My Congressman, Paul Broun, Jr, in a floor speech of the House, references "the great war of Yankee agression" while making an attempt to call "free Obamacare cards" worthless.

Rep. Broun invokes The Civil War

Paul Broun once again proves that his purpose is not for helping out residents of GA-10, but rather serving as arch-demagogue of the right-wing in the House. Let us not forget where he says the public option will cause a lot of people to die, calls Obama a Marxist and compares Obama to Hitler, and tells someone with depression that he can go to the ER for treatment. The hits just keep on coming for you Broun, eh?

(I do have a question for question, like the people at Media Matters: where's my card?)


March 18, 2010

What everyone else is talking about

Yesterday the Congressional Budget Office released its scoring on the Health Care Reform legislation presented to the House of Representatives. The House committee on Rules has a section-by-section summary explaining the details of the bill. I consider it impressive, given the length of the bill itself, that it was able to be condensed into easy-to-understand terms in a relatively short document.

I'm still working through the relatively short scoring document... maybe I'll post my thoughts later.


March 17, 2010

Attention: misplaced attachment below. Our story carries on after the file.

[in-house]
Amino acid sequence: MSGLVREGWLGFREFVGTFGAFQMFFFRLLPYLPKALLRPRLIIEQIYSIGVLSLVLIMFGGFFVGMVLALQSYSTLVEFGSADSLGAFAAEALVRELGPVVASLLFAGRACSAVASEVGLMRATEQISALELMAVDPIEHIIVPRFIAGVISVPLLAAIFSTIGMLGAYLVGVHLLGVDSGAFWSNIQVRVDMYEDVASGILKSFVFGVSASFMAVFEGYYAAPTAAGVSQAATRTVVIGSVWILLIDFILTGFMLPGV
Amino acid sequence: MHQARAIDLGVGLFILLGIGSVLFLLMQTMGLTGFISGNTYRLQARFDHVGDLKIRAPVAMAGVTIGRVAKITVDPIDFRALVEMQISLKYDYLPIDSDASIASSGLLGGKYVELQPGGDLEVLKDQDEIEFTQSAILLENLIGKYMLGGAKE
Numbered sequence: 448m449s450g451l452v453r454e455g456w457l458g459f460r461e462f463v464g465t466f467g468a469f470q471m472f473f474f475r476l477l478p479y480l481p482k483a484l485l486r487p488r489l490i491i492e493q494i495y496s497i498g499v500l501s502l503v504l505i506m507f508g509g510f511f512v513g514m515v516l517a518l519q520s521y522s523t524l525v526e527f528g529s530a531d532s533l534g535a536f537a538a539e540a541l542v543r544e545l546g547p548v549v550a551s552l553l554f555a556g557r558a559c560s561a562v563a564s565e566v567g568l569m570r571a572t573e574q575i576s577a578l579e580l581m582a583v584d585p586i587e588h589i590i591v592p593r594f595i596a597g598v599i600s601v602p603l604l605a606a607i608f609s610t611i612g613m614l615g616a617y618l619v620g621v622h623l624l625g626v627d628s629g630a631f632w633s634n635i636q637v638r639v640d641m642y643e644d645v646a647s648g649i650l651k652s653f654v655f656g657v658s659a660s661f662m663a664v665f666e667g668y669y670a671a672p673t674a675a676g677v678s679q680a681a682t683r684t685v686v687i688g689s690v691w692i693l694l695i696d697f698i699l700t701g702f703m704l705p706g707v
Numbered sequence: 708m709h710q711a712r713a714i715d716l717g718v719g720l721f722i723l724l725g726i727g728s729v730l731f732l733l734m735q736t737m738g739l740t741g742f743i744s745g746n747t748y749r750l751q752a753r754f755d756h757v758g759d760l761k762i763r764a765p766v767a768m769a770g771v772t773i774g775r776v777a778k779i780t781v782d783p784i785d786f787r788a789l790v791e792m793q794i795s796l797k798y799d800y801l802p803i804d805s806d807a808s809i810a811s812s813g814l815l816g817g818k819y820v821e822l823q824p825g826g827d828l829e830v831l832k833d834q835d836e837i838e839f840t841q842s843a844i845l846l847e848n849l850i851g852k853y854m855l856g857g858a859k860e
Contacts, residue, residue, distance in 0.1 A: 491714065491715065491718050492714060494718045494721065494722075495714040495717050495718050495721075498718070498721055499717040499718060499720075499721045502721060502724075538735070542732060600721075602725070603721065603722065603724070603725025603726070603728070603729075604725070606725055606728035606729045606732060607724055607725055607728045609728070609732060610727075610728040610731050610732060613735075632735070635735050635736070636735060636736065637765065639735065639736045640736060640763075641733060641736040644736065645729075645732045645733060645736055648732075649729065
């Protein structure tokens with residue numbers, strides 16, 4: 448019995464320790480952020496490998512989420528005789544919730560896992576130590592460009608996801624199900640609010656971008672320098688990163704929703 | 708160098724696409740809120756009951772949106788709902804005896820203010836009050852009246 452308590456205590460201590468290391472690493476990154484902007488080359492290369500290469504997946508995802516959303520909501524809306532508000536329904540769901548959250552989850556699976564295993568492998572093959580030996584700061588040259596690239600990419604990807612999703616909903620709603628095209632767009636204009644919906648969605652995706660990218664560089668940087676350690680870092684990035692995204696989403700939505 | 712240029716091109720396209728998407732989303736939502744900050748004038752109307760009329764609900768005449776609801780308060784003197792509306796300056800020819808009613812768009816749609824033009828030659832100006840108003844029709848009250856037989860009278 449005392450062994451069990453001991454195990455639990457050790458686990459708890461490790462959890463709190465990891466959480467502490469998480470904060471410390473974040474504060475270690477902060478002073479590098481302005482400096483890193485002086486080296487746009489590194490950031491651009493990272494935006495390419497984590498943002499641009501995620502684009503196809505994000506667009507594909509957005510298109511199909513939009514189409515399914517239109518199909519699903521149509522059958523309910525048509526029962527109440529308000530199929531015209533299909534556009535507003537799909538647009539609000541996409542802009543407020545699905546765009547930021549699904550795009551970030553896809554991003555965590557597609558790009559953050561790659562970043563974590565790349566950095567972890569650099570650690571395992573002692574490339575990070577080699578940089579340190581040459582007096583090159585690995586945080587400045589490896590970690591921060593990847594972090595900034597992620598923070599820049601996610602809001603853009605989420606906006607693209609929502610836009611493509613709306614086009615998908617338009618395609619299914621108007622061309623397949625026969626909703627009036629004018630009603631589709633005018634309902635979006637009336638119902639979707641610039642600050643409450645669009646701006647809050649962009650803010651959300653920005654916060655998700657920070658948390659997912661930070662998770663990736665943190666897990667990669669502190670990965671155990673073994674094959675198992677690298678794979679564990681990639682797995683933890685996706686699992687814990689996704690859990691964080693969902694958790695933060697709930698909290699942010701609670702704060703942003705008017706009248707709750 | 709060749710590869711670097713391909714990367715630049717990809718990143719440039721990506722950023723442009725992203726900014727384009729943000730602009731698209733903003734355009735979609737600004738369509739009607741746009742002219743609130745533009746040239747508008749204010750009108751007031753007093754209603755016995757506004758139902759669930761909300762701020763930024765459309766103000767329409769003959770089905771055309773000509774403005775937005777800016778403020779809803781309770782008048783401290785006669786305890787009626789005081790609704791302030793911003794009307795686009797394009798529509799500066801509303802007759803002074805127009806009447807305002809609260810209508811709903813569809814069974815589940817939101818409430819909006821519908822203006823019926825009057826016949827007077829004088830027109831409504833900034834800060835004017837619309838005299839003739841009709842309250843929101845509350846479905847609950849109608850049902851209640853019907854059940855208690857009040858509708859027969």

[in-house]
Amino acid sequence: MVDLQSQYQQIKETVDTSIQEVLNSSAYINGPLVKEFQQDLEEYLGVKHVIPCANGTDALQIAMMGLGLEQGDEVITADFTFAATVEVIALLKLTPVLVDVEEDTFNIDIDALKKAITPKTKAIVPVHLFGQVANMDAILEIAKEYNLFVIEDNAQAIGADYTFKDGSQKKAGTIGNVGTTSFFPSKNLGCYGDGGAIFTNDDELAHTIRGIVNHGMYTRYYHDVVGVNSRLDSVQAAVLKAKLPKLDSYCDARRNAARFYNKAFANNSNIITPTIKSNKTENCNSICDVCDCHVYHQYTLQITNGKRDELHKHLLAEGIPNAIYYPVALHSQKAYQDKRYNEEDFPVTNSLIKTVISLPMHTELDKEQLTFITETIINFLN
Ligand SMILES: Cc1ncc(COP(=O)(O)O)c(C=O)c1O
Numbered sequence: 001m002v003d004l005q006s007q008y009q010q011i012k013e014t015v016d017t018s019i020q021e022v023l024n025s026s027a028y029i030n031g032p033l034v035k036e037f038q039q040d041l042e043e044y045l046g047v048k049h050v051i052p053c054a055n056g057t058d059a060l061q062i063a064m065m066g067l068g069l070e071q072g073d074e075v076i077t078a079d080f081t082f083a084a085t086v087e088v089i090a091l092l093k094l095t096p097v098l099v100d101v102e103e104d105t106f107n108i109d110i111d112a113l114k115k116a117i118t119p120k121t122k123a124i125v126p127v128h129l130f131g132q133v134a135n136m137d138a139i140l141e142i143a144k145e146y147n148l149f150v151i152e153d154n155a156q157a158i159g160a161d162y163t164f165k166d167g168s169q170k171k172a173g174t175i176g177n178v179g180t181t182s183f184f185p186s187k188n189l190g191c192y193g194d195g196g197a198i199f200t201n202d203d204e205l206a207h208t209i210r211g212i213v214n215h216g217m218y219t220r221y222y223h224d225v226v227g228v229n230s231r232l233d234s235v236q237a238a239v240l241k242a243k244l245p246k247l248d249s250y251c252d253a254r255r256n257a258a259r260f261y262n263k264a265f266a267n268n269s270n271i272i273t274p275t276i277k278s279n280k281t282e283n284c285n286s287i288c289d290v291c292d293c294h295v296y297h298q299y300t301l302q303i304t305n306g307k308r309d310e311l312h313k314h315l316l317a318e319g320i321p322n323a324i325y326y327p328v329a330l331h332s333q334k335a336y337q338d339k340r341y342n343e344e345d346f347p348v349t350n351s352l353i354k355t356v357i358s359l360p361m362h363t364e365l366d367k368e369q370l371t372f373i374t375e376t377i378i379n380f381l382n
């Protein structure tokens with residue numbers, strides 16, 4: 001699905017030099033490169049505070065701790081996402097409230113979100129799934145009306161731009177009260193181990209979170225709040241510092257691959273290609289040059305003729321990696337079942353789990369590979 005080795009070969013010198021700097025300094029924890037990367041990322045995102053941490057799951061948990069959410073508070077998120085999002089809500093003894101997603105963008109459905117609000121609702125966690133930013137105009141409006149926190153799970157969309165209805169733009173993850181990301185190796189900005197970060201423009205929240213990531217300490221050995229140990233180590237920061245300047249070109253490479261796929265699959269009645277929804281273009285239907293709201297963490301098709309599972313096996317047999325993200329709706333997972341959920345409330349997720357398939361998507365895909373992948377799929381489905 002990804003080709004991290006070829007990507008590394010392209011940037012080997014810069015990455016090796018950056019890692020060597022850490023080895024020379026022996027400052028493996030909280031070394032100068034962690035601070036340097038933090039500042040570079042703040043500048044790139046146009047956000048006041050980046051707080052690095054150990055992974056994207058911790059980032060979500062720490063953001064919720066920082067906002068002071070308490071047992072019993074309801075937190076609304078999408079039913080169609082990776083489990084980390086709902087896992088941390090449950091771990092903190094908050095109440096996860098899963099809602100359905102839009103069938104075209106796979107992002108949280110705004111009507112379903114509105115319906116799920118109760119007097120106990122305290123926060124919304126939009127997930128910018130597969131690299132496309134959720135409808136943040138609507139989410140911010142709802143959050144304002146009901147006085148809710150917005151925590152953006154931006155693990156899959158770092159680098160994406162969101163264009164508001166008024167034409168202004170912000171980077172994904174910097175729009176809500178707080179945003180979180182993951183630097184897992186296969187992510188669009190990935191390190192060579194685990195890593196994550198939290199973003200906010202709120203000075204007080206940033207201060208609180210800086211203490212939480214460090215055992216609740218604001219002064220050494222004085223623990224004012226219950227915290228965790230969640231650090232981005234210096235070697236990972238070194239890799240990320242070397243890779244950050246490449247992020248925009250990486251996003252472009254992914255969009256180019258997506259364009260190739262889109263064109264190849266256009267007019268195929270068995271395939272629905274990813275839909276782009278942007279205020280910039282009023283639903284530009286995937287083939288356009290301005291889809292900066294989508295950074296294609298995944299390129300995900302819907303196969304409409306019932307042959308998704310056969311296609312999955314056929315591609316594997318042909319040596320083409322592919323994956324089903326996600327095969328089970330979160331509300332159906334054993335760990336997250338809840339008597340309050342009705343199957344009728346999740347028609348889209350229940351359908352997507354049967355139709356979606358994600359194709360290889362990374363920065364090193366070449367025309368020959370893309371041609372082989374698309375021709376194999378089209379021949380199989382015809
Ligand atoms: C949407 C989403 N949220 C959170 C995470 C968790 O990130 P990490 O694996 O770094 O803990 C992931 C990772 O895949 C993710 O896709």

Being a post wherein Dennis Kucinich says no before yes.

I would rather not write this post about Dennis Kucinich, but rather someone like Mitt Romney or Sarah Palin, being in favor of something before being opposed to it. But such are the times and such is the nature of Dennis Kucinich.

Dennis Kucinich - man of many faces - has turned face again, going against his previous pledge to vote against the current health care reform package on the grounds that it wasn't progressive enough. Kucinich's about-face should come as no surprise to Cleveland-area residents, given that Kucinich's arm was likely twisted six ways from Sunday on the plane ride from Washington to C-Hop and given Kucinich's pledge(s) to not run for Pres in 2008 during his 2006 primary campaign against Barbara Farris (sp?) that he almost immediately reneged upon after re-election.

This is not to say that I oppose Kucinich's decision itself, to support HCR, but rather I oppose Kucinich's previous unwillingness to compromise on the matter. I would personally prefer a single payer method, like Kucinich, or something akin to the Swiss model where insurance companies run not-for-profit, like a co-operative financial institution/credit union. (Heck, I'd love it if all institutions were run as not-for-profit organizations, but that's another entry.) However, unlike Kucinich, I am willing to make incremental advances to test the system, to see how well our progress works, and to retool as necessary.

I would not necessarily consider OH-10 to be a safe seat for Dems, firstly because I've become of the mindset that no party should take a constituency for granted and secondly because of the potential effects redistricting may have come 2012. Kucinich simply isn't the right fit for the area anymore, given the suburban nature of the district. If this were the 1970s and 1980s, before industrial flight kicked into high gear, I might be singing a different tune. Cleveland is in need of a strong representative in Congress, a strong leader, and what they have is a demagogue whose greatest personal legislative accomplishment may be the renaming of a post office. Personally, regardless of the outcome of HCR, I am interested to see what challenge - if any - he will face in the 2010 general election from either an independent candidate or Republican.

Oh, and hi.